Tim Cravens said...

I meant "not specifically the use of a title" in the second paragraph . . .

lukacs said...

Excellency, your point is well taken; I did read the entry from the perspective of a lay person, and didn't fully consider the matter of clergy using their titles in an egotistical manner, as you describe, especially given all of the exaggerated titles that seem to have proliferated in some corners of the ISM. That said, I do think that Catholic laity should pay due attention to the sacerdotalist element of our traditions, without falling prey to clericalism; there is good reason to show a certain deference to these orders, given their function in the Eucharist-centered worship that you describe.

David O. Kling said...

Reminds me of a passage from "The Stranger" by Albert Camus where the priest is talking with Meursault (a man in prison waiting for execution):

"He wanted to talk to me about God again, but I went up to him and made one last attempt to explain to him that I had only a little time left and I didn't want to waste it on God. He tried to change the subject by asking me why I was calling him "monsieur" and not "father." That got me mad, and I told him he wasn't my father; he wasn't even on my side."

Lyngine said...

:) I'm currently amused that none of the three bishops commenting are using their titles :).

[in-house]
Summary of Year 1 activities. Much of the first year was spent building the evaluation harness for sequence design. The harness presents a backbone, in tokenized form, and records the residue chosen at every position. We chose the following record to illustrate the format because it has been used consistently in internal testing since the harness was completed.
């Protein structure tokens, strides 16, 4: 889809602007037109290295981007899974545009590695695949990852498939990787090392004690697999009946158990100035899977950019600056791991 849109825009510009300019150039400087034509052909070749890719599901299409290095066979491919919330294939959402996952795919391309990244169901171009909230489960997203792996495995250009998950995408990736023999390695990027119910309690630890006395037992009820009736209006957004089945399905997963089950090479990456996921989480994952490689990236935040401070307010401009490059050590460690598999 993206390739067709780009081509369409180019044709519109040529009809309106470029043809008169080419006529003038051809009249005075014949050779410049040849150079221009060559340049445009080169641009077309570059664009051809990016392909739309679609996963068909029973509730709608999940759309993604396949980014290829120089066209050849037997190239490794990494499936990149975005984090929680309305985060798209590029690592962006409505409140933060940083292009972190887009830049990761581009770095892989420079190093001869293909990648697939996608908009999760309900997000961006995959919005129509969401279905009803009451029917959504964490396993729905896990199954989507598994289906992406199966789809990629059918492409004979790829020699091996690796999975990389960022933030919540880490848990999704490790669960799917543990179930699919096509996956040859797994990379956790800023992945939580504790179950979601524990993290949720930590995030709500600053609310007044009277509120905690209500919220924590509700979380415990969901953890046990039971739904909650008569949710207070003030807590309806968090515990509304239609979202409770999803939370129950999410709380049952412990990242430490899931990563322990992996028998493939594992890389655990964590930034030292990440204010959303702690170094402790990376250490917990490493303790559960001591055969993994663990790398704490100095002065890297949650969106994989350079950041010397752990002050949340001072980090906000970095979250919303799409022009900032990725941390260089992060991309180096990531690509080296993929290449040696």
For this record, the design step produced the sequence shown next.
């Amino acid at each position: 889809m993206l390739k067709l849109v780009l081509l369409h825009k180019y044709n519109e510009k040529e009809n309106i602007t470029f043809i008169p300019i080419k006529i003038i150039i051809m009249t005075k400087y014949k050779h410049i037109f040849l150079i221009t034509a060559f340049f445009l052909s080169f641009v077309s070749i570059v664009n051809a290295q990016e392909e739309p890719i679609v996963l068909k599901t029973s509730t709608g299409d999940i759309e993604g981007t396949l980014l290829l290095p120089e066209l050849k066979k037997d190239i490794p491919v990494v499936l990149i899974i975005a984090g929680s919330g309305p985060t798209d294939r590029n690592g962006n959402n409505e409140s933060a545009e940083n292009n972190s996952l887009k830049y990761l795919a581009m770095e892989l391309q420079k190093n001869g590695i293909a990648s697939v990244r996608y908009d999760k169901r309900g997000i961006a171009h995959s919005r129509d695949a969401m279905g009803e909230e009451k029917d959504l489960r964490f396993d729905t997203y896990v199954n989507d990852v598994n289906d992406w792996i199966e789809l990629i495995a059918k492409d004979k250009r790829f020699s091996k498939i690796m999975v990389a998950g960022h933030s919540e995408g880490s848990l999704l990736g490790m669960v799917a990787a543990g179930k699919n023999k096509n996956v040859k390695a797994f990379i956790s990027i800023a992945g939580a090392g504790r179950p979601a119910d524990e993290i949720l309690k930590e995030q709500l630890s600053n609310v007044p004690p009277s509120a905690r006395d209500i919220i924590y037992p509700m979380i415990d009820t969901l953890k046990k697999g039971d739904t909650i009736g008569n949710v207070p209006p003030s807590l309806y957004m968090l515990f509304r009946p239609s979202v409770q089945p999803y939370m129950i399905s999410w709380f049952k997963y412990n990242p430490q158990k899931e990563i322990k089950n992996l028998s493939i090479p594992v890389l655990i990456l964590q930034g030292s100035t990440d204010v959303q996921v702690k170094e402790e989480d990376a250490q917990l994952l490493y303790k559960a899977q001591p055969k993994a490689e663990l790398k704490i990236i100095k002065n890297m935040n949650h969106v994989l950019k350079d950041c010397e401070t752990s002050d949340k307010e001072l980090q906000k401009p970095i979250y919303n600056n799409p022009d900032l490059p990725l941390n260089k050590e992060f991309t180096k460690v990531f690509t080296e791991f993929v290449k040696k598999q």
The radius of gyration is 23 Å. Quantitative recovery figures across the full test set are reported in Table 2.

This is an interesting issue from a lay person standpoint. My preference is to not generally use titles in referring to clergy. Not out of disrespect for their office or due to lack of reverence, but because the lack of a title reminds me that those who serve as clergy are more than just deacon, priest, or bishop. That in many ways, they are more than their title and office---and that while they are indeed set apart, they are also human. And that because they are human, they will have good and bad days. Because they are human, they have the ability to understand my experiences because they are not so far removed from my reality. That because they are human, their lives can serve as example to my own. Because they are human, I do not expect or need them to be perfect. Because they are human, I am often humbled as I watch them grapple with the gravity of their respective callings and how to live their faith with integrity in the midst of daily human life. As unintuitive as it seems, the lack of title, for me, magnifies the meaning of their priesthood, as a reality that extends beyond their sacramental duties into their daily lives.

---------------

I do want to emphasize though that my approach isn't one that all laity find meaningful or helpful, and I very much respect that. I'm not advocating any particular approach for laity or clergy because each choice is so dependent on context and an individual's spirituality.

Fr. Joseph Augustine, AIHM said...

Lyngine,

What a wonderful Augustinian spirit you have!

"Because they are human, they have the ability to understand my experiences because they are not so far removed from my reality. That because they are human, their lives can serve as example to my own. Because they are human, I do not expect or need them to be perfect. Because they are human, I am often humbled as I watch them grapple with the gravity of their respective callings and how to live their faith with integrity in the midst of daily human life."

As St. Augustine said, "FOR you I am bishop, WITH you I am Christian."